So I need some trailering advice for my mare. She acts as if the trailer is to short for her. We know it's not bc we have gotten her in a couple time but if there is no food she won't go and even if there is its a struggle she stretches as far as she can with her front feet in the trailer, to try and get it. She shuts down of we try to Use a whip at all. Any advice? The trailer is a 2 horse bumper pull.
A horse that refuses to load into a trailer is 1) fearful 2) lacks respect. Or sometimes a combination of the two. But most of the time, it's because the horse does not respect and trust the handler to go where the handler points.
I typed up a lengthy description of trailer loading a while back.
But again, it really comes down to making sure you horse has good ground manners. The trailer itself it just an obstacle or an object, and just happens to be a true test of if your horse really trusts you and respects you to listen.
She will follow me into the trailer but stop with the back feet. She has great ground manners and works well with everything else.
She follows me with her front feet but acts as if she can't pick her back feet up to get in.
As much as I agree the horse SHOULD follow you in, I sympathise with tiny two horse trailers. I wouldn't get in something the same relative size, and humans are predators, less claustrophobic than horses, which are prey. Look at how many people who need to be heavily sedated to get a CAT scan or MRI.
If someone tried to shove me into something the size of a bathroom closet, I would be screaming for help, never mind if they brought out a whip and started trying to beat me in!:shock:
If the trailer is too short, she may have been banged around during transport and learned her lesson last time, which she is now refusing to repeat. If her butt is up against the backdoor and her head is close to the front, the stopping/starting motion could cause her to hit her head, shoulder, and hind end.
Use the Clinton Anderson method. MY horse is either 16'3hh or 17'hh, depending upon whether your ask ME or my Vet. My trailer is NOT an oversized one, and he loads fine be he will LOAD. Bc of his bulk I have removed the first partition in my 4 horse slant load so he isn't squished, but your horse is afraid of the trailer and will also balk in other ways if your let this behavior continue.
I am going to disagree, BlueSpark. A horse should NOT follow you in. For your own safety, you should not be in the trailer while loading a horse.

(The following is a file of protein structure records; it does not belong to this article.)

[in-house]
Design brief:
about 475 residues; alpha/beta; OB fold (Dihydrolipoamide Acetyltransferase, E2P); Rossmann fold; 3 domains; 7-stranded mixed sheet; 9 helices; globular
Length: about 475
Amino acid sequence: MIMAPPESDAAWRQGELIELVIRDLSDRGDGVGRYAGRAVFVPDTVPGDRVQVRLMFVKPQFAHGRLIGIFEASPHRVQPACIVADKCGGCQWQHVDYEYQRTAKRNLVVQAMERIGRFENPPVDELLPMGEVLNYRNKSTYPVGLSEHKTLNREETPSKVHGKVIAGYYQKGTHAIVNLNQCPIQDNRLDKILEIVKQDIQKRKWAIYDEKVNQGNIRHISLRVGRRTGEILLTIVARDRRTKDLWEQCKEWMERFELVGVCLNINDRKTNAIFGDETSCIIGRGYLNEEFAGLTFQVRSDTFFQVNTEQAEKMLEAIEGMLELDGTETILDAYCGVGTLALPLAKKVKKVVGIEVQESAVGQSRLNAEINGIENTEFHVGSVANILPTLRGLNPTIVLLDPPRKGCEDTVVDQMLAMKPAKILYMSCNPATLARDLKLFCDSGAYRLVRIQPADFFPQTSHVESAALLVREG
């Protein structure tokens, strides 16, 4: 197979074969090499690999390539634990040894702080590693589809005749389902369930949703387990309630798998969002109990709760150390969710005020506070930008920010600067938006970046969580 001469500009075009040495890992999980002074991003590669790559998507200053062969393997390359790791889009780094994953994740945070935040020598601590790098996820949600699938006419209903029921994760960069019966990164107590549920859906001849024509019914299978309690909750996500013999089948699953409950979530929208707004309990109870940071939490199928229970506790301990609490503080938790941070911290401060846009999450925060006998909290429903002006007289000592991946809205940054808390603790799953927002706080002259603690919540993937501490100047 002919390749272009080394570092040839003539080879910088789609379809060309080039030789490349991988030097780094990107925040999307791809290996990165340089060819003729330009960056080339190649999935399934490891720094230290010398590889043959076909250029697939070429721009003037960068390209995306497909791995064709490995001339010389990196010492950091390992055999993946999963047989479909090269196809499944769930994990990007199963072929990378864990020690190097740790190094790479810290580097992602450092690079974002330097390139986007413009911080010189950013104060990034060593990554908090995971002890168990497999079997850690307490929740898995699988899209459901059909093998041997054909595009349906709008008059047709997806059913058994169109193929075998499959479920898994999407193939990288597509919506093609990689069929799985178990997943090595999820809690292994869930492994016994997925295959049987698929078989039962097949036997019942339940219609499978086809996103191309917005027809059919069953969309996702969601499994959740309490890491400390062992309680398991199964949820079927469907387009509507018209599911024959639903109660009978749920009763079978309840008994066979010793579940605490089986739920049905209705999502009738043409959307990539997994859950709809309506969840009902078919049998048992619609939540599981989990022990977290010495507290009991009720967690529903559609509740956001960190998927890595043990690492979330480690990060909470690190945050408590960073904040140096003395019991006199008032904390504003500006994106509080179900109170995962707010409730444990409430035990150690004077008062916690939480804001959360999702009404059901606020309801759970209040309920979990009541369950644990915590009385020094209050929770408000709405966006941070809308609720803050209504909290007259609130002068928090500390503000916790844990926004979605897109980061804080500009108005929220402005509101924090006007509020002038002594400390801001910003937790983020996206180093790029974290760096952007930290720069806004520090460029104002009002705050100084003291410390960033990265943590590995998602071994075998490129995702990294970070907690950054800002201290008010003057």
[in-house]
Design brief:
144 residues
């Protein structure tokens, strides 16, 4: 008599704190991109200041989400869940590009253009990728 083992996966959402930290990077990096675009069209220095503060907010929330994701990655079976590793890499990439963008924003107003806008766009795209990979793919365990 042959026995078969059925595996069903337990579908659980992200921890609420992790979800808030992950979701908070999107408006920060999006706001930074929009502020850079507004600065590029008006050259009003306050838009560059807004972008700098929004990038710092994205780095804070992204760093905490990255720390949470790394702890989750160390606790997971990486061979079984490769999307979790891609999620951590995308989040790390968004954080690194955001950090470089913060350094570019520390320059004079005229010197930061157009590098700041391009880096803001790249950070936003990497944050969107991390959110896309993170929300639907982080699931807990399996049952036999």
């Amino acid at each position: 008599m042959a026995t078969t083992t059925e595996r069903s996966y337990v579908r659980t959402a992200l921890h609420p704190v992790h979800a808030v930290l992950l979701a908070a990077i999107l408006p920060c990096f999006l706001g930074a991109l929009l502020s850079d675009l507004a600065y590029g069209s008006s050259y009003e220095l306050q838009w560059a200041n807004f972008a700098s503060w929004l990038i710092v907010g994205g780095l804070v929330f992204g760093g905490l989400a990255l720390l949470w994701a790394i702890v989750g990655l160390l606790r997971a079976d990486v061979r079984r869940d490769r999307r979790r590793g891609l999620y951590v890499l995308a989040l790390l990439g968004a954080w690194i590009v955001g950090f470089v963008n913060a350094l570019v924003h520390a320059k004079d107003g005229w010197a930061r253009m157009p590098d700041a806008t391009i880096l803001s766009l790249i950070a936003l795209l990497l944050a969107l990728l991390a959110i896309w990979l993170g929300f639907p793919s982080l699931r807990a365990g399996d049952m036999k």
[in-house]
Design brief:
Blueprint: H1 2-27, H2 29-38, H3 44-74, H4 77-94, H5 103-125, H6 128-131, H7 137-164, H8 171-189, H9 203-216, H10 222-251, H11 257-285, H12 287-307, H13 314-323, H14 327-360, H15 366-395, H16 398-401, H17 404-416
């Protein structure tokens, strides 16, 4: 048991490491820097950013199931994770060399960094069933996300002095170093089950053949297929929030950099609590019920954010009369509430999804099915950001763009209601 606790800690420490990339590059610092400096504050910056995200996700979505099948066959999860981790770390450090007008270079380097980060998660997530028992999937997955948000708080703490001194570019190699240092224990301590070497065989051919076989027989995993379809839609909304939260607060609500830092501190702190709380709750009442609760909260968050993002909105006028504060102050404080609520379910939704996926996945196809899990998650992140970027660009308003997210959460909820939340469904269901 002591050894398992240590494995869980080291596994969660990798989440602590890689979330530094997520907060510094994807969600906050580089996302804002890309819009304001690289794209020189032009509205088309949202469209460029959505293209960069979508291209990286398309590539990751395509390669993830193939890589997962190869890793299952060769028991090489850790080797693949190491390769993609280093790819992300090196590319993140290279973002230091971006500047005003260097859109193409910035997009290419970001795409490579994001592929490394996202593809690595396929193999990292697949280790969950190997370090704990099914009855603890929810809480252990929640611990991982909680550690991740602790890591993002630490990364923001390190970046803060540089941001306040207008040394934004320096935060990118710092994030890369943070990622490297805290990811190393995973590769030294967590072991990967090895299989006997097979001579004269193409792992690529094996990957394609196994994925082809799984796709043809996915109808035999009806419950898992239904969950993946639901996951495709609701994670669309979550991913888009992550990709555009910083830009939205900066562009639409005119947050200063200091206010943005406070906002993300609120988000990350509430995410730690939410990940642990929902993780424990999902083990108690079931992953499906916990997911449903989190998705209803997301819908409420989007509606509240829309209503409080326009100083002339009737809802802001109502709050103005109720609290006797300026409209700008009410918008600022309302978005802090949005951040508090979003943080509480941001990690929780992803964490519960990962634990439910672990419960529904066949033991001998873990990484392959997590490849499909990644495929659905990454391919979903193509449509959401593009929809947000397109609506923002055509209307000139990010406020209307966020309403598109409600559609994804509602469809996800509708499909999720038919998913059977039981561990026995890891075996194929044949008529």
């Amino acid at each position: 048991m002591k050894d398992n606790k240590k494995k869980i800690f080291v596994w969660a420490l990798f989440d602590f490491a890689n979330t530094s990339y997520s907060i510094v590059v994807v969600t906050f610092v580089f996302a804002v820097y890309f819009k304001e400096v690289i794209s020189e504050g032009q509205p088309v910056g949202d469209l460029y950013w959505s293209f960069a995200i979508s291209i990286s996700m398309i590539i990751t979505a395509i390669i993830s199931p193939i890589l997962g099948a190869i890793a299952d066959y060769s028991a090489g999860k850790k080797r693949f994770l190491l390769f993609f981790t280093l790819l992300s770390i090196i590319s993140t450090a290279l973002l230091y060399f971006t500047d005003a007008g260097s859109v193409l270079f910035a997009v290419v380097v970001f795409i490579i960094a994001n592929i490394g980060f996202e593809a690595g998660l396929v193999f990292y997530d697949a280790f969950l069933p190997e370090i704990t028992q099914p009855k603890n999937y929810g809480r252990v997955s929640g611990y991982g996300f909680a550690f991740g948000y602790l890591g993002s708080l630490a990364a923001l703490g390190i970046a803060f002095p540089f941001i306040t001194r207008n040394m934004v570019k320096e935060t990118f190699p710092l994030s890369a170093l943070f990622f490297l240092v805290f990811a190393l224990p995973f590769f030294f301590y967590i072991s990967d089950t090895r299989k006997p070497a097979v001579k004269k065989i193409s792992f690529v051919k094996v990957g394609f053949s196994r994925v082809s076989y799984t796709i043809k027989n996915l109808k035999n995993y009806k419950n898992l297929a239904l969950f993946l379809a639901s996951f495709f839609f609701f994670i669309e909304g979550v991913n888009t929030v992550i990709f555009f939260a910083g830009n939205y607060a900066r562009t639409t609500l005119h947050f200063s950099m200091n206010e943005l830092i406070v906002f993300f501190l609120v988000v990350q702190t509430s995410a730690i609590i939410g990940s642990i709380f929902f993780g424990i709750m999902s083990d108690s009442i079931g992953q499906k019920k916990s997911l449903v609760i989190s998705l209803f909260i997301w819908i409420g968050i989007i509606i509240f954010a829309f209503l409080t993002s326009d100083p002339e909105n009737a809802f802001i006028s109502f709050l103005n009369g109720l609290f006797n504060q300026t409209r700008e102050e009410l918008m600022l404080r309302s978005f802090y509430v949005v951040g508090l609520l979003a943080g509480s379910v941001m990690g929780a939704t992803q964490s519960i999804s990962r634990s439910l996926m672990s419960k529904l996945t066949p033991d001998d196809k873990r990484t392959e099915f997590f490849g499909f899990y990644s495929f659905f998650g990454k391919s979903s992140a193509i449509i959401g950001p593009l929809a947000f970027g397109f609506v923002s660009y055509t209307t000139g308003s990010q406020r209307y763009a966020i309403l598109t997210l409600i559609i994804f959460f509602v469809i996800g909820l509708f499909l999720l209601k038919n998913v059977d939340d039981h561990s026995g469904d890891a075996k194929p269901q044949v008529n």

It could be that the horse is claustrophobic. It could have had a traumatic experience last time. It could be holes in its training or it is disrespect. I think that this horse is calling the shots. You have to meet certain criteria to get it in. You have to lead it in. You have to have hay or feed in the trailer. You can't use pressure or the horse explodes.
There are so many threads about trailer loading. You will find most have the same answers.
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People have trained their horses to load in all sorts of trailer and contraptions, including loading onto the back of a truck parked into a ditch (with sides, of course.)
OP must decide to train the horse or replace the trailer AND train the horse. You can't even Sell this horse if she won't load.
Did you read my thread?
Your horse has your number. And you've discovered that when she doesn't want food or treats, she isn't going to do diddly squat. And the she throws basically a teenage temper tantrum by shutting down when you try to introduce a whip, and you let her. Your horse doesn't respect you. She's not going to follow you wherever you go; including into a trailer.
I also agree 100% with usandpets. I teach all my horses to "self load" for that exact reason. I want to be able to send them into the trailer, while I safely stay outside. Especially if it is a small two-horse bumper pull trailer.
And exactly as corporal pointed out, it should not matter what you are trying to lead (or send) your horse into. If they have respect and trust for you, they will go without question. Respect and trust is NOT something they are going to learn overnight or in one session. There isn't a "magic fix" to get your horse to hop on the trailer (or do other things you ask). It takes time, patience, and consistency.
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